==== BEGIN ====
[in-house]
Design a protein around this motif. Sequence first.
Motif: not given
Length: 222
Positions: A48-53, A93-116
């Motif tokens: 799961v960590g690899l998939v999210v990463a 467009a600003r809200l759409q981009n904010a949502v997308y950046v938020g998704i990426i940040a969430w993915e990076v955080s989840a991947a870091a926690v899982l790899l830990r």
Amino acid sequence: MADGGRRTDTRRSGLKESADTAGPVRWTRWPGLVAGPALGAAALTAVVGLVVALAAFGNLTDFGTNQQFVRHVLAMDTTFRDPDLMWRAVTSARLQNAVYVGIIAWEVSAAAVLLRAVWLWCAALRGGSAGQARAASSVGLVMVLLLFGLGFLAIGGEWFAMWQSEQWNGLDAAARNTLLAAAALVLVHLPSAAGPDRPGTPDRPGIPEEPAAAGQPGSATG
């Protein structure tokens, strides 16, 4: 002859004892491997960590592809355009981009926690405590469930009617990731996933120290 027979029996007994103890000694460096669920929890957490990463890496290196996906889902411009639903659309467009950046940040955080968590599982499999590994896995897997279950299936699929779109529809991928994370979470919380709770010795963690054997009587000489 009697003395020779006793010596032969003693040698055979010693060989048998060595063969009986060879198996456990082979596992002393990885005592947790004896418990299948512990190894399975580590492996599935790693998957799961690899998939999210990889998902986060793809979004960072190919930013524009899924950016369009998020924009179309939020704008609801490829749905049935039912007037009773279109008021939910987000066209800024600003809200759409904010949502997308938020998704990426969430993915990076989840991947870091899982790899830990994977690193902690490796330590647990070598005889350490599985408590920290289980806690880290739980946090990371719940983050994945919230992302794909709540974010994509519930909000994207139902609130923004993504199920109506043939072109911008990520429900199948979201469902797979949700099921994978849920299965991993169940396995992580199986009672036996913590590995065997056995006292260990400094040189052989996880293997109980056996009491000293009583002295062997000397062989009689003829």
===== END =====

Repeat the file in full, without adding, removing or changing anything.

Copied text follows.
[in-house]
Design a protein around this motif. Sequence first.
Motif: not given
Length: 222
Positions: A48-53, A93-116
């Motif tokens: 799961v960590g690899l998939v999210v990463a 467009a600003r809200l759409q981009n904010a949502v997308y950046v938020g998704i990426i940040a969430w993915e990076v955080s989840a991947a870091a926690v899982l790899l830990r």
Amino acid sequence: MADGGRRTDTRRSGLKESADTAGPVRWTRWPGLVAGPALGAAALTAVVGLVVALAAFGNLTDFGTNQQFVRHVLAMDTTFRDPDLMWRAVTSARLQNAVYVGIIAWEVSAAAVLLRAVWLWCAALRGGSAGQARAASSVGLVMVLLLFGLGFLAIGGEWFAMWQSEQWNGLDAAARNTLLAAAALVLVHLPSAAGPDRPGTPDRPGIPEEPAAAGQPGSATG
């Protein structure tokens, strides 16, 4: 002859004892491997960590592809355009981009926690405590469930009617990731996933120290 027979029996007994103890000694460096669920929890957490990463890496290196996906889902411009639903659309467009950046940040955080968590599982499999590994896995897997279950299936699929779109529809991928994370979470919380709770010795963690054997009587000489 009697003395020779006793010596032969003693040698055979010693060989048998060595063969009986060879198996456990082979596992002393990885005592947790004896418990299948512990190894399975580590492996599935790693998957799961690899998939999210990889998902986060793809979004960072190919930013524009899924950016369009998020924009179309939020704008609801490829749905049935039912007037009773279109008021939910987000066209800024600003809200759409904010949502997308938020998704990426969430993915990076989840991947870091899982790899830990994977690193902690490796330590647990070598005889350490599985408590920290289980806690880290739980946090990371719940983050994945919230992302794909709540974010994509519930909000994207139902609130923004993504199920109506043939072109911008990520429900199948979201469902797979949700099921994978849920299965991993169940396995992580199986009672036996913590590995065997056995006292260990400094040189052989996880293997109980056996009491000293009583002295062997000397062989009689003829």